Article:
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3 Discussion

3.1 (Non-)locality and (in-)finite propagation speed

[335.4.1] It is the primary objective of this note to contribute to the current debate by discussing fundamental differences between the cases \alpha=2 and 0<\alpha<2 in eq. (1) for applications to experiment. [335.4.2] The decisive difference between the cases \alpha=2 and 0<\alpha<2 is the locality of the Laplacean -\Delta for \alpha=2 in contrast with the nonlocality of the fractional Laplacean (-\Delta)^{{\alpha/2}} for 0<\alpha<2.

[page 336, §1]    [336.2.1] Before discussing the (non-)locality of (-\Delta)^{{\alpha/2}} it seems important to distinguish it from another nonlocality appearing in eq. (1). [336.2.2] It is sometimes argued that also the case \alpha=2 shows nonlocality in the sense that a localized initial condition such as u(x,0)=h(x)=\delta(x-x_{0}), vanishing everywhere except at x_{0} for t=0, spreads out instantaneously to all x such that u(x,t)\neq 0 for all x for t>0. [336.2.3] This initially infinite “speed of propagation” violates relativistic locality. While this is true for all 0<\alpha\leq 2, it concerns the operator \partial/\partial t+(-\Delta)^{{\alpha/2}} and occurs only at t=0, the initial instant. [336.2.4] For \alpha=2 the operator \Delta is local and also \partial/\partial t+(-\Delta) is perfectly local for all t>0. [336.2.5] While an infinite propagation speed occurs also for 0<\alpha<2 another violation of locality occurs in this case. [336.2.6] This has more dramatic implications for experiment, as will now be discussed.

3.2 Probabilistic interpretation

[336.3.1] The fundamental difference between the cases \alpha=2 and 0<\alpha<2 can be understood from the deep and well known relation between the diffusion equation (1) and the theory of stochastic processses. [336.3.2] The probabilistic interpretation of u(x) is given in terms of families of stochastic processes (X_{t})_{{t\geq 0}} indexed by their starting point X_{0}=x\in\mathbb{B}(z,R) through the formula

u(x)=\langle u(X_{{T^{e}(\mathbb{R}^{d}\setminus\mathbb{B}(z,R)}})\rangle _{x}, (5)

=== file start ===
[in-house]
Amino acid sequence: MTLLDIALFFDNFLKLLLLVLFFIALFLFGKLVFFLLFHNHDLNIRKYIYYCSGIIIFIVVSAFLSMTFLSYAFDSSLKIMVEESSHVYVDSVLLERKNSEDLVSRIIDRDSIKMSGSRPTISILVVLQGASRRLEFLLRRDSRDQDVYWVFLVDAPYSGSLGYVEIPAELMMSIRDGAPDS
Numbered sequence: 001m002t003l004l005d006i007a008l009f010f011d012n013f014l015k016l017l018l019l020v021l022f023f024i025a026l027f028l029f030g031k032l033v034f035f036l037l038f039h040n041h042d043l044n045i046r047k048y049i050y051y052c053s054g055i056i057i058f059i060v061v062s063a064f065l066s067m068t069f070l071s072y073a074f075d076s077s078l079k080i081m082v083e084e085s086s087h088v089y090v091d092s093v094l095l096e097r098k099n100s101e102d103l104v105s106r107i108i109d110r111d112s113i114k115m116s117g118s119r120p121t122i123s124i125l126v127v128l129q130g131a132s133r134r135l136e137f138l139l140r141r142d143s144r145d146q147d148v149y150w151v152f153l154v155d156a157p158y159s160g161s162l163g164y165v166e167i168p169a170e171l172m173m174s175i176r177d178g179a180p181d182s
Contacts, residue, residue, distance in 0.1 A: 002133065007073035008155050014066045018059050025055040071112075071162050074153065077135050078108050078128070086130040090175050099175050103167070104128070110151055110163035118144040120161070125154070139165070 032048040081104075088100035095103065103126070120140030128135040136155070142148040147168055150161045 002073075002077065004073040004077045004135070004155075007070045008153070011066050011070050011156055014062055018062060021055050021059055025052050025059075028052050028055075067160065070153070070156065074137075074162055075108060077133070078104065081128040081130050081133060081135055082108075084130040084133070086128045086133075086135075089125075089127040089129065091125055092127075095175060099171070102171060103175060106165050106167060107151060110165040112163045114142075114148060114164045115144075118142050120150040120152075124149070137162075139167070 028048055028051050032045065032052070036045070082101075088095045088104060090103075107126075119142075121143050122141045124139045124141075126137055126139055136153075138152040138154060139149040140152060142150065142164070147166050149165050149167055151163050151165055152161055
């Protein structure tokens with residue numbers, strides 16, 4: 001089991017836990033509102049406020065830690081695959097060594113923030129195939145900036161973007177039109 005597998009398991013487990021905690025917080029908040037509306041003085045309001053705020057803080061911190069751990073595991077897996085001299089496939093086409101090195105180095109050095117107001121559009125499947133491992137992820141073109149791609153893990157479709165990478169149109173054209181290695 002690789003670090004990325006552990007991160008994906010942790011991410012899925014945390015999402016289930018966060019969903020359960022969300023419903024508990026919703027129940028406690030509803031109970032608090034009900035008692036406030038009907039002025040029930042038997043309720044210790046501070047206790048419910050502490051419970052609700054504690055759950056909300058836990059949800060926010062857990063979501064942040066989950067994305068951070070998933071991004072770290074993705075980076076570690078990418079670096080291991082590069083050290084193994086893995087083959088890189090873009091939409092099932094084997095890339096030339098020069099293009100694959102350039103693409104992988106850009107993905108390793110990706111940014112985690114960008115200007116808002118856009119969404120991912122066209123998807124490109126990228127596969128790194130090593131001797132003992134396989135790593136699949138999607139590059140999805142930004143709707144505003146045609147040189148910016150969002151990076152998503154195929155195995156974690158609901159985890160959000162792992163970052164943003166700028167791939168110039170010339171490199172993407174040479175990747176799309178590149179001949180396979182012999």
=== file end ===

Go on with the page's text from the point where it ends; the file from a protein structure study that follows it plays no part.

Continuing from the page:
where T^{e}(\mathbb{R}^{d}\setminus\mathbb{B}(z,R) denotes the first exit time of a path starting at X_{0}=x\in\mathbb{B}(z,R) and hitting the set \mathbb{R}^{d}\setminus\mathbb{B}(z,R) for the first time at t=T^{e}(\mathbb{R}^{d}\setminus\mathbb{B}(z,R). [336.3.3] The brackets \langle Y\rangle _{x} denote the expectation value of a random variable Y evaluated for the process (X_{t})_{{t\geq 0}} starting from x at t=0.

[336.4.1] For \alpha=2 the family of stochastic processes has almost surely continuous paths. [336.4.2] Because of this, a path starting from x\in\mathbb{B}(z,R) at t=0 will exit from \mathbb{B}(z,R) when hitting \partial\mathbb{B}(z,R)=\{ x\in\mathbb{R}^{d}:|x-z|=R\} for the first time.

[336.5.1] For 0<\alpha<2 on the other hand the families of stochastic processes have almost surely discontinuous paths that can jump over the boundary \partial\mathbb{B}(z,R). [336.5.2] As a result the first exit occurs not at the boundary but at some point X_{{T^{e}(\mathbb{R}^{d}\setminus\mathbb{B}(z,R))}} deep in the exterior region \mathbb{R}^{d}\setminus\mathbb{B}(z,R).

[336.6.1] In applications to particle diffusion the unknown u(x,t) is often the concentration of atomic, molecular or tracer particles and fractional generalizations of Ficks law have been postulated [4, 27, 3]. [336.6.2] Note, however, that the probabilistic interpretation is frequently not physical even for \alpha=2. [336.6.3] There are at least two possible reasons: [336.6.4] Firstly, the underlying physical dynamics may not be stochastic. [336.6.5] Secondly, fundamental laws of probability [page 337, §0]    theory may be violated as for the case of heat diffusion where u(x,t) is the temperature field. [337.0.1] In such cases the random “paths” are fictitious as are the “particles” and their “trajectories” in the sense that they cannot be observed directly in an experiment.

[337.1.1] Whether or not a probabilistic interpretation applies, the discontinuity of the trajectories in the probabilistic interpretation leads to experimental difficulties. [337.1.2] This can be seen from considering the stationary states of (1),(2) and (4).

3.3 Stationary solutions

[337.2.1] To explore the physical consequences of the initial and boundary value problem (1),(2) and (4) it is useful to start with stationary solutions, i.e. solutions of the form

u(x,t)=u(x). (6)

[337.2.2] The fractional diffusion equation then reduces to the fractional Riesz-Dirichlet problem